We don’t need to look any farther than our faith in Jesus to see the truth of this belief. The cross was more deadly and humiliating than any snakebite, but it is at the cross where God’s greatest triumph takes place. The people confessed to Moses, he interceded and trusted God. The people lift up their eyes and receive healing, not from the deadly serpent, but from the very hand of God. It is through the suffering and shame of the cross that God offers transforms the entire world.

Nearly every one of us who was raised in church knows John 3:16, “For God so loved the world that he gave his only begotten son, that whosoever believeth in him, should not perish, but have everlasting life.” But how many of us remember the two verses that come before 3:16, “…just as Moses lifted up the serpent in the wilderness, so must the Son of Man be lifted up, that whoever believes in him may have eternal life.” In what was apparently the greatest defeat of all time, God’s own Son was lifted on the cross. Yet in the providence and grace of God it is through Christ was raised from the dead and we are offered eternal, full and abundant life. Following God and trusting Jesus Christ means looking at the frightening and tragic situations of our life in a new way. Through Jesus Christ, nothing in this world is beyond being used for God’s redemptive purposes in our lives. Whether it is the sickness of our loved ones, the loss of a job, the struggles of a family member, the unraveling of a marriage, or the death of a friend – through God’s grace any of these situations offer one more opportunity for resurrection and can be transformed from the most frightening snake to the most miraculous salvation.

February 25, 2008 at 8:30 am 3 comments

Blazing Pulpits

Burning BushOne of my good friends, and sometimes commenter on this blog, has loaned me an excellent CD set on the Old Testament by Amy-Jill Levine. It is really terrific, even if I crave driving to listen to more of it! Dr. Levine’s lectures have given me new insights on several passages I’ve heard my entire life.

In the episode of the burning bush, I’ve always identified with Moses. After all, he was hearing God’s call to mission. However, after hearing the lecture on this particular episode, I’ve decided those of us who are pastors might better relate to the bush itself.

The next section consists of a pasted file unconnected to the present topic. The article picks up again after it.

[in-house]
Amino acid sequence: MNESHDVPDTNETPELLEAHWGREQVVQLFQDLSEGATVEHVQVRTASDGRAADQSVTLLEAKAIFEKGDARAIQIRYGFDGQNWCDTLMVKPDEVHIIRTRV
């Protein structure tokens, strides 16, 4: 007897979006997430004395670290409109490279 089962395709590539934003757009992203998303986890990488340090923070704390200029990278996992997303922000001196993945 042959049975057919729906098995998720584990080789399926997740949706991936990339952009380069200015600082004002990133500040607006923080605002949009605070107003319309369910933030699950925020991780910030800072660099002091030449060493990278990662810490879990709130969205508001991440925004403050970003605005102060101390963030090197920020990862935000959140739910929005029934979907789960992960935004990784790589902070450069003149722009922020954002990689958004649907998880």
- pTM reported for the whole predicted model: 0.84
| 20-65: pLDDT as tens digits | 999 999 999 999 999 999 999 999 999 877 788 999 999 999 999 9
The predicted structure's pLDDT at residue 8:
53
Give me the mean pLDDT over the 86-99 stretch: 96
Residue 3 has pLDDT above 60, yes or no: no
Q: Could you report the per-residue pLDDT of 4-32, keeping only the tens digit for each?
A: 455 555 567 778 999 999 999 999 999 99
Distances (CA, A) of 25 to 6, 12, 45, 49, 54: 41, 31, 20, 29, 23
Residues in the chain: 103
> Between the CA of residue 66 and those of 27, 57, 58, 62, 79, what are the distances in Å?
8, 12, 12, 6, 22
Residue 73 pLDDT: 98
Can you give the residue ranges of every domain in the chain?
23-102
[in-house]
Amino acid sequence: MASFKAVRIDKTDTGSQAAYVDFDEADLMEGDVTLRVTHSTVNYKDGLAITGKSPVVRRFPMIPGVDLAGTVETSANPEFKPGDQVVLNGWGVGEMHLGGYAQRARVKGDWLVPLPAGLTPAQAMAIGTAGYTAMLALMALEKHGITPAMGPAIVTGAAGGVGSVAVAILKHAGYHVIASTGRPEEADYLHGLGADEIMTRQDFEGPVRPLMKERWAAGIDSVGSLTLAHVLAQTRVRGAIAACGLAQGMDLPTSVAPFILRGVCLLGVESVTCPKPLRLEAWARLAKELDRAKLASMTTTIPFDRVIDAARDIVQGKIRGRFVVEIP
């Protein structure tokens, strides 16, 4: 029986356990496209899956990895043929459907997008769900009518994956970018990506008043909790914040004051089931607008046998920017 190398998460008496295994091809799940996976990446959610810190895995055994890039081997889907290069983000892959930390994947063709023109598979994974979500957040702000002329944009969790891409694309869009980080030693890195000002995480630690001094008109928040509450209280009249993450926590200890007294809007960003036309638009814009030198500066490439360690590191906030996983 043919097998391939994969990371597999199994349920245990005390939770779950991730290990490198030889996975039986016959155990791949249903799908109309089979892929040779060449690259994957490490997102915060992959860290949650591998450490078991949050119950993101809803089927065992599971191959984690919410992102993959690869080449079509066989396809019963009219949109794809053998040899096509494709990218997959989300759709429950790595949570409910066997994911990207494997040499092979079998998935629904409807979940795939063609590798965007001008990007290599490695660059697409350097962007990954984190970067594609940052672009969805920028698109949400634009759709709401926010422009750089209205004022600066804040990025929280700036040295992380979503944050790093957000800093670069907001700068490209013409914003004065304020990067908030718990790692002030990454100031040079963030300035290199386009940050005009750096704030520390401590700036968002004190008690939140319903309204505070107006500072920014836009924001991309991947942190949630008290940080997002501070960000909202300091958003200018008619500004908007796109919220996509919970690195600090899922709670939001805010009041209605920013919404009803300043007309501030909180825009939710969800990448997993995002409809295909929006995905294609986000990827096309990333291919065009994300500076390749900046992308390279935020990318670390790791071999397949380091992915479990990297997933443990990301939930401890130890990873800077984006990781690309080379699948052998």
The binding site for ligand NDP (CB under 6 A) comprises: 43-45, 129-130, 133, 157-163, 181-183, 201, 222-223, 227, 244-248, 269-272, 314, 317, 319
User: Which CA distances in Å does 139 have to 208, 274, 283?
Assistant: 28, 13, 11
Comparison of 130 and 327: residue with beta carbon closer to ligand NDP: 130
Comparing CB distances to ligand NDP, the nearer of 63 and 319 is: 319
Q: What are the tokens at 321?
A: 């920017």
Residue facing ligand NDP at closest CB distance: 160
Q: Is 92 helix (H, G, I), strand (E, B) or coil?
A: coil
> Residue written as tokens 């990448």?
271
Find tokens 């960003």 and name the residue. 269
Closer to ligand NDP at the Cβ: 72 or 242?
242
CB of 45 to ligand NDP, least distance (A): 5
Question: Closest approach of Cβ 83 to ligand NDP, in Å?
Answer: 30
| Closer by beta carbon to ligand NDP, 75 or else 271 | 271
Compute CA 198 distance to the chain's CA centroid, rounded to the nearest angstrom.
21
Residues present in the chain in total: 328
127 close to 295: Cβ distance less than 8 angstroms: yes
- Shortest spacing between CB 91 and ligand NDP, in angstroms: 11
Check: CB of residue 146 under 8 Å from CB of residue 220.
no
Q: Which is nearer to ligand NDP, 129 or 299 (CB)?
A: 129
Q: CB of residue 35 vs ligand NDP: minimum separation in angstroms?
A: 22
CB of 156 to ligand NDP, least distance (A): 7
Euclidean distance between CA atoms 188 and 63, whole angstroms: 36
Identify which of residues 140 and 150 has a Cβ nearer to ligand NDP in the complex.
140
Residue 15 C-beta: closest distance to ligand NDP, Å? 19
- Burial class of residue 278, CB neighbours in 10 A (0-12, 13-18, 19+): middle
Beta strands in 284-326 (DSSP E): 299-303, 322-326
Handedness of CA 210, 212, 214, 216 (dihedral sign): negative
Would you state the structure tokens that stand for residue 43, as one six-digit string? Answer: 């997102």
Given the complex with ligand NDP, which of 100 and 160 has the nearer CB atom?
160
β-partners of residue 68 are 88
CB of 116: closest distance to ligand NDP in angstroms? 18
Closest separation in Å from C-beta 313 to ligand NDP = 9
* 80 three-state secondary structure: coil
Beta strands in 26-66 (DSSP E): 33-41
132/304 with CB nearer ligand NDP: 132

Let’s be honest, desert shrubs aren’t anything spectacular. They’re kinda dry, they sit there, and they do whatever they can to soak up nutrients from the sun-parched soil. Set ablaze by God’s divine fire, however, they become something important – something worthy of our attention. Aflame, yet not consumed. Burning alive. How’s that for a image of ministry? I think Wesley would like it. Remember this, “Catch on fire with enthusiasm and people will come for miles to watch you burn.”

Far too often we’re dry shrubs, failing to realize our call to be burning bushes while living hand-to-mouth searching for the stuff of life. What would it take for us to be transformed, catching the attention of would-be Moseses (Mosi?) in our community?

What does God’s fire do to the bush, ever-aflame, but not consumed? I can’t imagine this is comfortable or comforting to the bush itself, even though it isn’t consumed. Is it like Jeremiah who writes, “If I say, “I will not mention him, or speak any more in his name,” then within me there is something like a burning fire shut up in my bones; I am weary with holding it in, and I cannot (20:9).”?

What sets you on fire? What is in you like a burning fire in your bones? What would it take for you to share that with God’s people?

February 18, 2008 at 9:14 am 6 comments